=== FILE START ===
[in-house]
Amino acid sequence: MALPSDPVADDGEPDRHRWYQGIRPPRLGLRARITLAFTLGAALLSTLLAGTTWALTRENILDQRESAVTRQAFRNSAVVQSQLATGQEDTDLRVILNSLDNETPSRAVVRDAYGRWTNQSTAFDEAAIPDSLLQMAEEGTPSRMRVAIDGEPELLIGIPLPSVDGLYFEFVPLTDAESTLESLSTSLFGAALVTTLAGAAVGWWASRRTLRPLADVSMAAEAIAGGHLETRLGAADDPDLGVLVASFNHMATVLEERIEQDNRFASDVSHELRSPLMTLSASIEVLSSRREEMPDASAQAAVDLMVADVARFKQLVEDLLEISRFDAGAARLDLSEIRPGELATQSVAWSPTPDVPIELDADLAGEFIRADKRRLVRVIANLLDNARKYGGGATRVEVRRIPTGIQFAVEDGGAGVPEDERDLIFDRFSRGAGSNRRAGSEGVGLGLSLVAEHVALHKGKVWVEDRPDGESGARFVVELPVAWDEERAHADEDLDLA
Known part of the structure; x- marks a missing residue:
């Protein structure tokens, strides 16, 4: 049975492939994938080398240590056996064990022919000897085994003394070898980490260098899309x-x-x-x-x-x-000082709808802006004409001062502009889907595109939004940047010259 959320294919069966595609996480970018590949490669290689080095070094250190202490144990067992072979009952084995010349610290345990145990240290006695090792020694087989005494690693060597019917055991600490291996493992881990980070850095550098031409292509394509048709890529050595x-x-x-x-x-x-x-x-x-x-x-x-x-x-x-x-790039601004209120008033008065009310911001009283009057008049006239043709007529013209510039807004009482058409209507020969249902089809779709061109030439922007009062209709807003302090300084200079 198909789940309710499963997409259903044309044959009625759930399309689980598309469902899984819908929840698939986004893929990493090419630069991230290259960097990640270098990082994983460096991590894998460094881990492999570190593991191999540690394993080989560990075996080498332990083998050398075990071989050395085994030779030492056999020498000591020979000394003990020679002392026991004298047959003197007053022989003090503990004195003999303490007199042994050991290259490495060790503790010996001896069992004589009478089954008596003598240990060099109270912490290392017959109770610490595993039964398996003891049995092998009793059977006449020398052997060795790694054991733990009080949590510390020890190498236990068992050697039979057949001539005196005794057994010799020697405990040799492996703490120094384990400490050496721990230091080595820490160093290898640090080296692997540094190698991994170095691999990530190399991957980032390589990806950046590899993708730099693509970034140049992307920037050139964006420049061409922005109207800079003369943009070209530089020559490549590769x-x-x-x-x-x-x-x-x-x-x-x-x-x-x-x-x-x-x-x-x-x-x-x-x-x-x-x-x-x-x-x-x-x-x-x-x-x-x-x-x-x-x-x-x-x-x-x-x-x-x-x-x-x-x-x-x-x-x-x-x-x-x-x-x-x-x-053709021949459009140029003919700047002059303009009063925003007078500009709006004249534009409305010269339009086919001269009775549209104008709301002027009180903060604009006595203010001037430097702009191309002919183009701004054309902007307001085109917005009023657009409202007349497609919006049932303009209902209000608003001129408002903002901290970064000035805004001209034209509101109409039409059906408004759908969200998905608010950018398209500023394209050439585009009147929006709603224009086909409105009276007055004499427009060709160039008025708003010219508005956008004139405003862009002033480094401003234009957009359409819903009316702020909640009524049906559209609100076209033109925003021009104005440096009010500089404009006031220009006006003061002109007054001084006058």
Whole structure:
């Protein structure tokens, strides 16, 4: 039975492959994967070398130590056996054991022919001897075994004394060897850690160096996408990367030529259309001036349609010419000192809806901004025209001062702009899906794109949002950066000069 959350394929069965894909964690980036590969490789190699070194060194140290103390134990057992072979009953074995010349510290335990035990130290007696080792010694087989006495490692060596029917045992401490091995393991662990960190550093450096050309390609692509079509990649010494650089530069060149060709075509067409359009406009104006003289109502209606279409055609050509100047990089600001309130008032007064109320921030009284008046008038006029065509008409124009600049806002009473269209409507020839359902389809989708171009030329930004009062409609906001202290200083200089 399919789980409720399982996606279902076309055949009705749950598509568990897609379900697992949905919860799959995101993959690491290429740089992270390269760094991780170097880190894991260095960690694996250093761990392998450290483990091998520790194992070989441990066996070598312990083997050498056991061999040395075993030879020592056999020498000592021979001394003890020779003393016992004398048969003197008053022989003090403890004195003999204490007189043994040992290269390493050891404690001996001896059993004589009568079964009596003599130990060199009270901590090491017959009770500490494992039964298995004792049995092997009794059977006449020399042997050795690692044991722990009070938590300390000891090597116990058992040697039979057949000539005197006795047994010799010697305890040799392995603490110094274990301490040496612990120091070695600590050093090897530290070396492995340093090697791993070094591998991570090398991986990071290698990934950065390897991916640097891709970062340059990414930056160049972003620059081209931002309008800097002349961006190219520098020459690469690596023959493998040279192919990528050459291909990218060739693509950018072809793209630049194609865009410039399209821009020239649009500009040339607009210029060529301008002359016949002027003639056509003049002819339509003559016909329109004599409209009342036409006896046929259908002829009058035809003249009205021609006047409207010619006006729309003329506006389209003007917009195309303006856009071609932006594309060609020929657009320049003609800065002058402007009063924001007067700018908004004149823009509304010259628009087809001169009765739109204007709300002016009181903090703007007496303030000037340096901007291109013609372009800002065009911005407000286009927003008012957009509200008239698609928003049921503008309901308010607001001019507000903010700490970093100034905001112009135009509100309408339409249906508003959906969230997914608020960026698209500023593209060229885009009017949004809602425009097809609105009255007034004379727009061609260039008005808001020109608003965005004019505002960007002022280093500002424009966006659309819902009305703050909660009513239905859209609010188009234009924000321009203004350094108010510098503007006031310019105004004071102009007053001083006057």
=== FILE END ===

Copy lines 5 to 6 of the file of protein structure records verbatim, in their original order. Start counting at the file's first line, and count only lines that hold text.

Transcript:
Whole structure:
């Protein structure tokens, strides 16, 4: 039975492959994967070398130590056996054991022919001897075994004394060897850690160096996408990367030529259309001036349609010419000192809806901004025209001062702009899906794109949002950066000069 959350394929069965894909964690980036590969490789190699070194060194140290103390134990057992072979009953074995010349510290335990035990130290007696080792010694087989006495490692060596029917045992401490091995393991662990960190550093450096050309390609692509079509990649010494650089530069060149060709075509067409359009406009104006003289109502209606279409055609050509100047990089600001309130008032007064109320921030009284008046008038006029065509008409124009600049806002009473269209409507020839359902389809989708171009030329930004009062409609906001202290200083200089 399919789980409720399982996606279902076309055949009705749950598509568990897609379900697992949905919860799959995101993959690491290429740089992270390269760094991780170097880190894991260095960690694996250093761990392998450290483990091998520790194992070989441990066996070598312990083997050498056991061999040395075993030879020592056999020498000592021979001394003890020779003393016992004398048969003197008053022989003090403890004195003999204490007189043994040992290269390493050891404690001996001896059993004589009568079964009596003599130990060199009270901590090491017959009770500490494992039964298995004792049995092997009794059977006449020399042997050795690692044991722990009070938590300390000891090597116990058992040697039979057949000539005197006795047994010799010697305890040799392995603490110094274990301490040496612990120091070695600590050093090897530290070396492995340093090697791993070094591998991570090398991986990071290698990934950065390897991916640097891709970062340059990414930056160049972003620059081209931002309008800097002349961006190219520098020459690469690596023959493998040279192919990528050459291909990218060739693509950018072809793209630049194609865009410039399209821009020239649009500009040339607009210029060529301008002359016949002027003639056509003049002819339509003559016909329109004599409209009342036409006896046929259908002829009058035809003249009205021609006047409207010619006006729309003329506006389209003007917009195309303006856009071609932006594309060609020929657009320049003609800065002058402007009063924001007067700018908004004149823009509304010259628009087809001169009765739109204007709300002016009181903090703007007496303030000037340096901007291109013609372009800002065009911005407000286009927003008012957009509200008239698609928003049921503008309901308010607001001019507000903010700490970093100034905001112009135009509100309408339409249906508003959906969230997914608020960026698209500023593209060229885009009017949004809602425009097809609105009255007034004379727009061609260039008005808001020109608003965005004019505002960007002022280093500002424009966006659309819902009305703050909660009513239905859209609010188009234009924000321009203004350094108010510098503007006031310019105004004071102009007053001083006057």